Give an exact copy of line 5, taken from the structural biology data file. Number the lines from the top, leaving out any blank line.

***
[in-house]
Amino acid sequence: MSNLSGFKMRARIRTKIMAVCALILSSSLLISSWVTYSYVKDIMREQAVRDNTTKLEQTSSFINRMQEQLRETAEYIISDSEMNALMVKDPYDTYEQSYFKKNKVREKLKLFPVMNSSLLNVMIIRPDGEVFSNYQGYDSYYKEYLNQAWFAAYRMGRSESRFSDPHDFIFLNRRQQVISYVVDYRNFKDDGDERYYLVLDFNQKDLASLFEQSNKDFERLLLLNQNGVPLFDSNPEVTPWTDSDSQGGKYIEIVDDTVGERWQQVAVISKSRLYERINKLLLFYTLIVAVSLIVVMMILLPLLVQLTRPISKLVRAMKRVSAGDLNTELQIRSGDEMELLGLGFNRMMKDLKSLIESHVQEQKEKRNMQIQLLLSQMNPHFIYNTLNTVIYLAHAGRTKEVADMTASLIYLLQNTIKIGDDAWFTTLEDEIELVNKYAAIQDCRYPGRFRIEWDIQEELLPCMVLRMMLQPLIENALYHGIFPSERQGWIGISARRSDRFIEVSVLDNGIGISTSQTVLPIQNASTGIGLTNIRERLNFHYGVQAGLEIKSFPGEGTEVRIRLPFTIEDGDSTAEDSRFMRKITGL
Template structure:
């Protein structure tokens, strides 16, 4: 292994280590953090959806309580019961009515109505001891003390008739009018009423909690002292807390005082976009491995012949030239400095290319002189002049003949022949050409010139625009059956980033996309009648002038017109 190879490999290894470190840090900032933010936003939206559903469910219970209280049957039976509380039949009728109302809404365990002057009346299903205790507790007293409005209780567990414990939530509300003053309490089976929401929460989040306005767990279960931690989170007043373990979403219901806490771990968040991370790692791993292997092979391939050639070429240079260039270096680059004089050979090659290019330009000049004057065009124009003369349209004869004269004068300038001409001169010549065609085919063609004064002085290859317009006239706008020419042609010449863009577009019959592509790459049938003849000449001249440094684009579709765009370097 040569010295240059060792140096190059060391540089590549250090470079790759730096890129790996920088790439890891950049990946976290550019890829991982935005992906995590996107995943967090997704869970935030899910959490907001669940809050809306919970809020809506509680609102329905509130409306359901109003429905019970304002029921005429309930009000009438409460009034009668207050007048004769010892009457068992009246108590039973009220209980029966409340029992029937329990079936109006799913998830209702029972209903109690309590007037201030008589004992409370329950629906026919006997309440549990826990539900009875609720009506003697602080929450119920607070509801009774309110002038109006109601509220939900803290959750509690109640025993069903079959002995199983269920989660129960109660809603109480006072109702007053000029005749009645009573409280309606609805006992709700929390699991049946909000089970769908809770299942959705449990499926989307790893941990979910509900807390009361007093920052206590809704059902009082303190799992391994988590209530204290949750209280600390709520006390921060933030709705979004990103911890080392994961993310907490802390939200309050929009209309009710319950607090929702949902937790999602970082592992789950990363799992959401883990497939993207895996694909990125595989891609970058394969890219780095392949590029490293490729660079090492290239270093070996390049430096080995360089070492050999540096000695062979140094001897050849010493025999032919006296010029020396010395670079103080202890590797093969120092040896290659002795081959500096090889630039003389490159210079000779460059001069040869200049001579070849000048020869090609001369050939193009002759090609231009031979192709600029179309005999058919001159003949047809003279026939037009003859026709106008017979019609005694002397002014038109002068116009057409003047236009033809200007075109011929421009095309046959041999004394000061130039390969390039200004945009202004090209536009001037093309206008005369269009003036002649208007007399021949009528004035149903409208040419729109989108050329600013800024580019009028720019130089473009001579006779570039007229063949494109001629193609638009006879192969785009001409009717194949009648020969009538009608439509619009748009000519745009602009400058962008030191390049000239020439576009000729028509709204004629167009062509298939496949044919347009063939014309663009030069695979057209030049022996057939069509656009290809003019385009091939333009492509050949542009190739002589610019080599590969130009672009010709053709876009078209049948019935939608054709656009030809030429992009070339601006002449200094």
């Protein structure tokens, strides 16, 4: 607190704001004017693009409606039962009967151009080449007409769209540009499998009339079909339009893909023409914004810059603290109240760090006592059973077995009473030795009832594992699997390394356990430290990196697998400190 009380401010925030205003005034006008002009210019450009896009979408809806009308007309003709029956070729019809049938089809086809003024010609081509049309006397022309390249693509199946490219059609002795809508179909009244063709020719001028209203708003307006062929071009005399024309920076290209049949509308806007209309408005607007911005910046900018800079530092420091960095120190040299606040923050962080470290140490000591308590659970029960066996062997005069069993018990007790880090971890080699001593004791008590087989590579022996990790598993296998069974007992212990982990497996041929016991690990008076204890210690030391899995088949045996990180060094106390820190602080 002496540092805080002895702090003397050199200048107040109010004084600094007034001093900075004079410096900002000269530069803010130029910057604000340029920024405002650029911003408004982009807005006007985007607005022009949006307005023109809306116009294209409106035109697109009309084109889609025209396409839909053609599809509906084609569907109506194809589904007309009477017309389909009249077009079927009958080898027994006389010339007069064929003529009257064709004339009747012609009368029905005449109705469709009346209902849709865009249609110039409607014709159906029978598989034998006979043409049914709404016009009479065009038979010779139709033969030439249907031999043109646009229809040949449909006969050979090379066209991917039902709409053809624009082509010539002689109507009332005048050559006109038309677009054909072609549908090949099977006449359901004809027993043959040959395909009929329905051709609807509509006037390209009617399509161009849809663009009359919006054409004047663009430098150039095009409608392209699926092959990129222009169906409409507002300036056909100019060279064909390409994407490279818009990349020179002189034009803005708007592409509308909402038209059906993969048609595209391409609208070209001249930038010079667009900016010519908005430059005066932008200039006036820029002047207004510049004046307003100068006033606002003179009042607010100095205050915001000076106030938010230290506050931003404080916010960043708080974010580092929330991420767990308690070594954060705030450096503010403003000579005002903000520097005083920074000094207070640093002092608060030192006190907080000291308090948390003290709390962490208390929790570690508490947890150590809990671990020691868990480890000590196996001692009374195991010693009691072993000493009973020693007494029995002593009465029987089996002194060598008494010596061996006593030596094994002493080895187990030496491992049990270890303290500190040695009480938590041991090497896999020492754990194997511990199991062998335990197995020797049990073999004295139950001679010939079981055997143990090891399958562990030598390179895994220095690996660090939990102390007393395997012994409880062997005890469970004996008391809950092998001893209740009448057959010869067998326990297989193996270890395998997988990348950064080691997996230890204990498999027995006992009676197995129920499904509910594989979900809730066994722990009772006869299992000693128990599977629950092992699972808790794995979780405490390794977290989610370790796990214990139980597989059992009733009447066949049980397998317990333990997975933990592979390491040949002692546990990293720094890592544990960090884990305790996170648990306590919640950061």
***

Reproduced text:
């Protein structure tokens, strides 16, 4: 607190704001004017693009409606039962009967151009080449007409769209540009499998009339079909339009893909023409914004810059603290109240760090006592059973077995009473030795009832594992699997390394356990430290990196697998400190 009380401010925030205003005034006008002009210019450009896009979408809806009308007309003709029956070729019809049938089809086809003024010609081509049309006397022309390249693509199946490219059609002795809508179909009244063709020719001028209203708003307006062929071009005399024309920076290209049949509308806007209309408005607007911005910046900018800079530092420091960095120190040299606040923050962080470290140490000591308590659970029960066996062997005069069993018990007790880090971890080699001593004791008590087989590579022996990790598993296998069974007992212990982990497996041929016991690990008076204890210690030391899995088949045996990180060094106390820190602080 002496540092805080002895702090003397050199200048107040109010004084600094007034001093900075004079410096900002000269530069803010130029910057604000340029920024405002650029911003408004982009807005006007985007607005022009949006307005023109809306116009294209409106035109697109009309084109889609025209396409839909053609599809509906084609569907109506194809589904007309009477017309389909009249077009079927009958080898027994006389010339007069064929003529009257064709004339009747012609009368029905005449109705469709009346209902849709865009249609110039409607014709159906029978598989034998006979043409049914709404016009009479065009038979010779139709033969030439249907031999043109646009229809040949449909006969050979090379066209991917039902709409053809624009082509010539002689109507009332005048050559006109038309677009054909072609549908090949099977006449359901004809027993043959040959395909009929329905051709609807509509006037390209009617399509161009849809663009009359919006054409004047663009430098150039095009409608392209699926092959990129222009169906409409507002300036056909100019060279064909390409994407490279818009990349020179002189034009803005708007592409509308909402038209059906993969048609595209391409609208070209001249930038010079667009900016010519908005430059005066932008200039006036820029002047207004510049004046307003100068006033606002003179009042607010100095205050915001000076106030938010230290506050931003404080916010960043708080974010580092929330991420767990308690070594954060705030450096503010403003000579005002903000520097005083920074000094207070640093002092608060030192006190907080000291308090948390003290709390962490208390929790570690508490947890150590809990671990020691868990480890000590196996001692009374195991010693009691072993000493009973020693007494029995002593009465029987089996002194060598008494010596061996006593030596094994002493080895187990030496491992049990270890303290500190040695009480938590041991090497896999020492754990194997511990199991062998335990197995020797049990073999004295139950001679010939079981055997143990090891399958562990030598390179895994220095690996660090939990102390007393395997012994409880062997005890469970004996008391809950092998001893209740009448057959010869067998326990297989193996270890395998997988990348950064080691997996230890204990498999027995006992009676197995129920499904509910594989979900809730066994722990009772006869299992000693128990599977629950092992699972808790794995979780405490390794977290989610370790796990214990139980597989059992009733009447066949049980397998317990333990997975933990592979390491040949002692546990990293720094890592544990960090884990305790996170648990306590919640950061």